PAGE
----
Can You Profit Off This Upcoming Spin-off?

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In late November, marine shipping company Seacor Holdings (NYSE: CKH) announced plans to spin off its majority-owned Era Group (symbol pending - exchange pending) subsidiary into a standalone public company. Through a tax-free distribution of shares to its existing shareholders, the company will completely sever ties with the helicopter-transport service. The deal's relatively low value obscures the tremendous opportunity that it presents for savvy investors. Although the deal has received little press thus far, its planning stages are nearly complete. In fact, Seacor has indicated that the spin-off will be completed by January 31.

About SEACOR Holdings and Era Group

Fort Lauderdale, Florida-based Seacor Holdings is a highly diversified marine transport, logistics and energy-services company that operates on a worldwide basis. It manages remote-operated vehicles, anchor teams and small support vessels for offshore oil and gas exploration and extraction operations. Seacor also offers safety and environmental services to a wide range of energy companies, including certain wind-power producers. Although most of its transportation and logistics operation take place in offshore areas, it also conducts bulk and liquid transportation operations on inland waterways in North America and elsewhere. The company employs just under 7,000 people and earned $60 million on $2.1 billion in gross revenue in 2011.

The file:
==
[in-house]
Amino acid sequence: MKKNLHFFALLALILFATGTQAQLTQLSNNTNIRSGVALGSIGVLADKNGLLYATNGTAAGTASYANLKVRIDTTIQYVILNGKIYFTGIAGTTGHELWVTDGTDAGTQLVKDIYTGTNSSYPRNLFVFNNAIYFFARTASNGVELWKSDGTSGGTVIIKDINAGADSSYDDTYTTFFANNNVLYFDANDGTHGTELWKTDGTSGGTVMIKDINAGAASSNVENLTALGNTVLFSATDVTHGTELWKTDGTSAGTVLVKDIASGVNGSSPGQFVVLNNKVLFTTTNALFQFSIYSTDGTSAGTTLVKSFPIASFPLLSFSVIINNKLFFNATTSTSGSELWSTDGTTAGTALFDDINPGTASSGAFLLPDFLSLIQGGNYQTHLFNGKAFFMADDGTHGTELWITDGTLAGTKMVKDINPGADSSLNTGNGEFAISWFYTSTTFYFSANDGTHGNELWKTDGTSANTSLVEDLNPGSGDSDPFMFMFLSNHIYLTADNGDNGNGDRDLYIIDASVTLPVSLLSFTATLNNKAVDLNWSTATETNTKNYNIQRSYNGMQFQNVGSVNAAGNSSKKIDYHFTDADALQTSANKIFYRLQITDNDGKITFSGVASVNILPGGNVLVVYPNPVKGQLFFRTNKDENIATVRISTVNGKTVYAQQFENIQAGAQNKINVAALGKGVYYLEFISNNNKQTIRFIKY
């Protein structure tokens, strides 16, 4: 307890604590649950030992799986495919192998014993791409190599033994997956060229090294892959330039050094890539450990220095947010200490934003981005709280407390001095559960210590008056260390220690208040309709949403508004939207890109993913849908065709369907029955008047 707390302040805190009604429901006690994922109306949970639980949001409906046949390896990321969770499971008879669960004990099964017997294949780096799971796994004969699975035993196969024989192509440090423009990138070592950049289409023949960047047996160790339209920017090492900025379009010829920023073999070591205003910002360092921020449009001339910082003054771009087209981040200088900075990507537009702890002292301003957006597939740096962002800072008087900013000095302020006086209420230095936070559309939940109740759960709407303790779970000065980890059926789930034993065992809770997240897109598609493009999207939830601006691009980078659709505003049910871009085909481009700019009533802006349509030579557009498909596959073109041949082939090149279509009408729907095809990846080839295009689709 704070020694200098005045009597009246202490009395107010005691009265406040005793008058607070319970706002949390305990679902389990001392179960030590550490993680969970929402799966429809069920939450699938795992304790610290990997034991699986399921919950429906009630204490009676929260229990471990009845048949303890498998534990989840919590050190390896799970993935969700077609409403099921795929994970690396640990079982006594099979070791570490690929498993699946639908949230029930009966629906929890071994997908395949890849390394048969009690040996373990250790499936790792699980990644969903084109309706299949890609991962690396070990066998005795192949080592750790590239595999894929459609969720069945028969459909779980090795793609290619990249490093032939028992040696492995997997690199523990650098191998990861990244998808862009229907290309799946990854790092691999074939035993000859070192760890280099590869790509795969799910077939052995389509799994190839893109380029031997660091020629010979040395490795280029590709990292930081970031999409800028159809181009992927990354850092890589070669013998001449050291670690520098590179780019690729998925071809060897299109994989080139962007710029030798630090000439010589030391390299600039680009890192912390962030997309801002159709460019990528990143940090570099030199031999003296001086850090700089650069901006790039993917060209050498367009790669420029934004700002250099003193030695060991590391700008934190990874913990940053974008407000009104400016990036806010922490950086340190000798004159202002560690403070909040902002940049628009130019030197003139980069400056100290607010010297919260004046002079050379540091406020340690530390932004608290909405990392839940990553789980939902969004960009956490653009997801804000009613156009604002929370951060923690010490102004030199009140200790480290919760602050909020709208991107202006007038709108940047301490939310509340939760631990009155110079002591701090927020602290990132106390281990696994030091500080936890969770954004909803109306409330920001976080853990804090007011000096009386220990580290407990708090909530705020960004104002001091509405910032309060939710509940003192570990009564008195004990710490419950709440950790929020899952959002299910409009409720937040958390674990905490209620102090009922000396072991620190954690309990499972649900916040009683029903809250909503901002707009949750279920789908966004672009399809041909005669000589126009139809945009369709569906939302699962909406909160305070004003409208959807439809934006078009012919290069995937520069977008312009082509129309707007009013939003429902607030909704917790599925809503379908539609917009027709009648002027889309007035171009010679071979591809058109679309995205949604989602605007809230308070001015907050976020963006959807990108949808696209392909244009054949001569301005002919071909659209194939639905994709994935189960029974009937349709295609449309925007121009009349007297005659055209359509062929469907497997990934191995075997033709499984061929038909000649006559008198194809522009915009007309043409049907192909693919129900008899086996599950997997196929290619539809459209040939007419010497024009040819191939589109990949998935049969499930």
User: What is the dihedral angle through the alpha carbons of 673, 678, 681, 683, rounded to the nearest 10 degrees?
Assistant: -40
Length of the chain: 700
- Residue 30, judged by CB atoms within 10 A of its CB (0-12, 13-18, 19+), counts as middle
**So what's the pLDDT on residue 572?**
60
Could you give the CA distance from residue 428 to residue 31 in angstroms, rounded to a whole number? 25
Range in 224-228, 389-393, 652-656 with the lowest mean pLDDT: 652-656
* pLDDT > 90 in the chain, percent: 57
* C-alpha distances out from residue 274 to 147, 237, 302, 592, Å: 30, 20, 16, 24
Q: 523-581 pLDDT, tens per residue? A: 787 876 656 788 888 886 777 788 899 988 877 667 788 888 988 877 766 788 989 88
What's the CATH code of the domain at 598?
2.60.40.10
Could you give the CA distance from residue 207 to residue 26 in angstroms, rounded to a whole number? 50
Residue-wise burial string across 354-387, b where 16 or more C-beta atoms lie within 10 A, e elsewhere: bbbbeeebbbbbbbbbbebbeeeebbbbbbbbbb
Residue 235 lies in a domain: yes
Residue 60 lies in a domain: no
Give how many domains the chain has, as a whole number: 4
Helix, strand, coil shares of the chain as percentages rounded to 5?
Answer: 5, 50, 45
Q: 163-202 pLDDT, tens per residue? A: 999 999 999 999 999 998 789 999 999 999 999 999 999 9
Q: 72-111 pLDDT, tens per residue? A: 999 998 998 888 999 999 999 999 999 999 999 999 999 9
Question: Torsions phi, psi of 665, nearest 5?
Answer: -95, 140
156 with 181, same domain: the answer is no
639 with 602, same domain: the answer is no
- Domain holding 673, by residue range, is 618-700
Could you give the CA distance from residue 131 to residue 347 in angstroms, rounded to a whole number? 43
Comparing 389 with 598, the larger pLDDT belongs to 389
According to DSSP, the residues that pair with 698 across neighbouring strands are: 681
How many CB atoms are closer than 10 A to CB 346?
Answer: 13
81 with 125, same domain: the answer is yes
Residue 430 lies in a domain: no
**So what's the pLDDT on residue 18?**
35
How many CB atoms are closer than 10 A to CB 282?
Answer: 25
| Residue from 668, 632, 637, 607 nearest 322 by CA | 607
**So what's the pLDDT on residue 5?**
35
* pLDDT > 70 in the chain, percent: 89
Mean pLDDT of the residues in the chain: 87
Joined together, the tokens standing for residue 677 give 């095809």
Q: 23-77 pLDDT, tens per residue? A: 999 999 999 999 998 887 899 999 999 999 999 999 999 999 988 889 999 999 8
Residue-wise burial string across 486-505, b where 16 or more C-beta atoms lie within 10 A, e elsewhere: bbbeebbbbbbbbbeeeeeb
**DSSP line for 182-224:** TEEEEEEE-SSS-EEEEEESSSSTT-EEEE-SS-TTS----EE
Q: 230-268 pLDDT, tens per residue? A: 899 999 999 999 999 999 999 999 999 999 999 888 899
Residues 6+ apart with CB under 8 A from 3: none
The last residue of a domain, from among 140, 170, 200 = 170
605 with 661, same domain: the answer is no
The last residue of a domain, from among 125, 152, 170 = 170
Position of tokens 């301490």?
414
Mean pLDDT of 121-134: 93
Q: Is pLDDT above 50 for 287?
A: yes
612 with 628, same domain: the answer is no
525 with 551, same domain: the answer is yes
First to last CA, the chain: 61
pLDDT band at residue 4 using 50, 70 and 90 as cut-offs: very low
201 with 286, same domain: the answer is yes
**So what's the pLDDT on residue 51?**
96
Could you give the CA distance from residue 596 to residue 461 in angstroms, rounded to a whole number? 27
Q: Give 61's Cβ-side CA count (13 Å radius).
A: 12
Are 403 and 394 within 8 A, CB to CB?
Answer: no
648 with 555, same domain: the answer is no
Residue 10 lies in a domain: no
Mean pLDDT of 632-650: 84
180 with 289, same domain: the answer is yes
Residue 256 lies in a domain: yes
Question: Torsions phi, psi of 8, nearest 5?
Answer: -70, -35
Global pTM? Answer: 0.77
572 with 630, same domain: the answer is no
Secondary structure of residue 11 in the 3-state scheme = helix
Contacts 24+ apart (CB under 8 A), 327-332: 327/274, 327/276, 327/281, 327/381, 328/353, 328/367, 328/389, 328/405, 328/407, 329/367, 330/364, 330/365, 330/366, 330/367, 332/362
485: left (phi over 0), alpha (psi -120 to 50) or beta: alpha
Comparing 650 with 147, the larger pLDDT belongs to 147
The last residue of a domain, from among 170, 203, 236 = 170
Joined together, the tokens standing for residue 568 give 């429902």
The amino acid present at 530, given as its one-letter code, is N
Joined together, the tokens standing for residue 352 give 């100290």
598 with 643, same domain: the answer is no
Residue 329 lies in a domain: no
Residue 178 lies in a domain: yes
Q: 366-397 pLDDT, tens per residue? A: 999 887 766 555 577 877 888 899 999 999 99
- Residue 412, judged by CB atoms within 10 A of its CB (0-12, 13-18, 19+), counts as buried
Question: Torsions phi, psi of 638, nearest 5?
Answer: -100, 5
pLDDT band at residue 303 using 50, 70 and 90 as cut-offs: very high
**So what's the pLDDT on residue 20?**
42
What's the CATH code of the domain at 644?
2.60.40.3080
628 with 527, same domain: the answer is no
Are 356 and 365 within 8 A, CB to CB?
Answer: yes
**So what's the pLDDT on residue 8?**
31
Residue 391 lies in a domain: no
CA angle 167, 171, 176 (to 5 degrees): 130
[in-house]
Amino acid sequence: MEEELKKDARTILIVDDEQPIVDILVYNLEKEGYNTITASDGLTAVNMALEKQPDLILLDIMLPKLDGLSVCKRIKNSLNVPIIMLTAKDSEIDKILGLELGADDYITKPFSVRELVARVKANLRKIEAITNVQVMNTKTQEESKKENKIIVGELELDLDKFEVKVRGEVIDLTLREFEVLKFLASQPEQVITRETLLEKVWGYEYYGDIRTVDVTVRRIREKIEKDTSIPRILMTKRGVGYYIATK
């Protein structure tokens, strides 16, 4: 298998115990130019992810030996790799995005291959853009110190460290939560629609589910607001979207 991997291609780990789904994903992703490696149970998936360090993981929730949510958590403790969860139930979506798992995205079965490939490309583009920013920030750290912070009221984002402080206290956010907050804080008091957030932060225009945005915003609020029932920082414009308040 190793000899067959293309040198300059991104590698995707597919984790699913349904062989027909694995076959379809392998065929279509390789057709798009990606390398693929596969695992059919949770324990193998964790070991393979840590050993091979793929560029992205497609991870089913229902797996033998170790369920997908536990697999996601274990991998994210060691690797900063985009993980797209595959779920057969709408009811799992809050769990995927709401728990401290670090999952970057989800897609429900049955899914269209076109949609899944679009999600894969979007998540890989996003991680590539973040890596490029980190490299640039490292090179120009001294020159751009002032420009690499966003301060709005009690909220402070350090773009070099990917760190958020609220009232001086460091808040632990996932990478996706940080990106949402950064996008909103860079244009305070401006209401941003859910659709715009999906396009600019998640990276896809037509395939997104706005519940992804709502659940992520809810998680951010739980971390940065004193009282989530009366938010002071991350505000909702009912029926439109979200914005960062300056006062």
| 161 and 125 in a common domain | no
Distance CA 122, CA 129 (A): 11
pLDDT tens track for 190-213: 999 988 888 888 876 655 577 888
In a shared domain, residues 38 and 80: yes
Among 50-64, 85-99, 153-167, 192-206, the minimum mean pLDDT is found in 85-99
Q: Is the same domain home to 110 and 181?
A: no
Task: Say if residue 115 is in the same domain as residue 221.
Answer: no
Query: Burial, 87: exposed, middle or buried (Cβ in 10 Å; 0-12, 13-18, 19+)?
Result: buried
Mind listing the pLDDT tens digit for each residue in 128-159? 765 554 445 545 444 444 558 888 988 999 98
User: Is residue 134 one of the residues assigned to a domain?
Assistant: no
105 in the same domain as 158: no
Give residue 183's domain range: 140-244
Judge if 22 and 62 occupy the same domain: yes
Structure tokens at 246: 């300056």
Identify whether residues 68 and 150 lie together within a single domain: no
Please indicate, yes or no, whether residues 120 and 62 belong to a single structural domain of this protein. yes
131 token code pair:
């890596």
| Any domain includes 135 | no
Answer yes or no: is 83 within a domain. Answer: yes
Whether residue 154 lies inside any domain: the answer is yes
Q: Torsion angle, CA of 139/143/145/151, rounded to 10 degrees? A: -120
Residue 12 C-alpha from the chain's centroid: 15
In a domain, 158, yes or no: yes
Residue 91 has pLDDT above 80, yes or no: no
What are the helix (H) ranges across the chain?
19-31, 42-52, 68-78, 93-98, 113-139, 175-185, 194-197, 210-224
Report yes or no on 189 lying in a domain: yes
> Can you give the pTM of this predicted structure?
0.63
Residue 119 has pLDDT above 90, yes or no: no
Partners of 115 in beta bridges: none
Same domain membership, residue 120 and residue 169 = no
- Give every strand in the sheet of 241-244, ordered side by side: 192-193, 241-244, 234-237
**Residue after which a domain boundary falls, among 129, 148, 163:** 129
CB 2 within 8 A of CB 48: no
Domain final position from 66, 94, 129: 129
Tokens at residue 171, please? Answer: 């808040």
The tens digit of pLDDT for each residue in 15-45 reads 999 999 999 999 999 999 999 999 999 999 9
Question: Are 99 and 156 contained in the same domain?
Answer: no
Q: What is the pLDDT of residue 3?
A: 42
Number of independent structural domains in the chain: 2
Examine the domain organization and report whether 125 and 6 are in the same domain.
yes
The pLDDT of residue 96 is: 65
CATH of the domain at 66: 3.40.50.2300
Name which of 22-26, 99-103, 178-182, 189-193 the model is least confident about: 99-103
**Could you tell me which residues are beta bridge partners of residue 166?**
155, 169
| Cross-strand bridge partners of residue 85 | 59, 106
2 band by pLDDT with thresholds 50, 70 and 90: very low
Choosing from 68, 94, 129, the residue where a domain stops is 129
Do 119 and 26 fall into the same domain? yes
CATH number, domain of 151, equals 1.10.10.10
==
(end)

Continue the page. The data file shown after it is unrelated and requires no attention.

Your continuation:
Era Group will consist of Seacor's helicopter-transportation division. Most of its activities consist of transporting support teams, critical staff and visitors to offshore oil platforms in the waters that surround North America. The soon-to-be-independent division owns nearly 200 helicopters at an average craft-age of 12 years. The company employs over 500 pilots and mechanics as well as about 400 support staff members. In 2011, it took in about $260 million in revenues. Although final figures have yet to be broken out, it is estimated that it earned $30 million on just under $300 million in gross revenues during the 2012 fiscal year. As such, it appears to be Seacor's most profitable division. Crucially, it has substantially reduced its debt load as a condition of the spin-off and appears to be in solid financial shape.

Terms of the Deal

The Era Group spin-off is structured as a tax-free stock distribution for existing Seacor shareholders. Shares of the new company will be issued to Seacor shareholders of record as of January 24 on a one-to-one basis. These new shares will begin trading on the open market on January 31.

Seacor shareholders who wish to participate in the spin-off do not need to take any action. Those who do not wish to participate in the spin-off may sell their Seacor shares and purchase a special class of "ex-distribution" shares (NYSE: CHK WI) that began trading on January 22. These "ex-distribution" shares will merge with Seacor's so-called "regular way" shares after the Era Group distribution on January 31. Since they lack the rights to Era Group's new shares, they will trade at a significant discount to the "regular way" shares. Since Era Group's listing petition and registration application are still pending, no price point has yet been set for the company's standalone shares.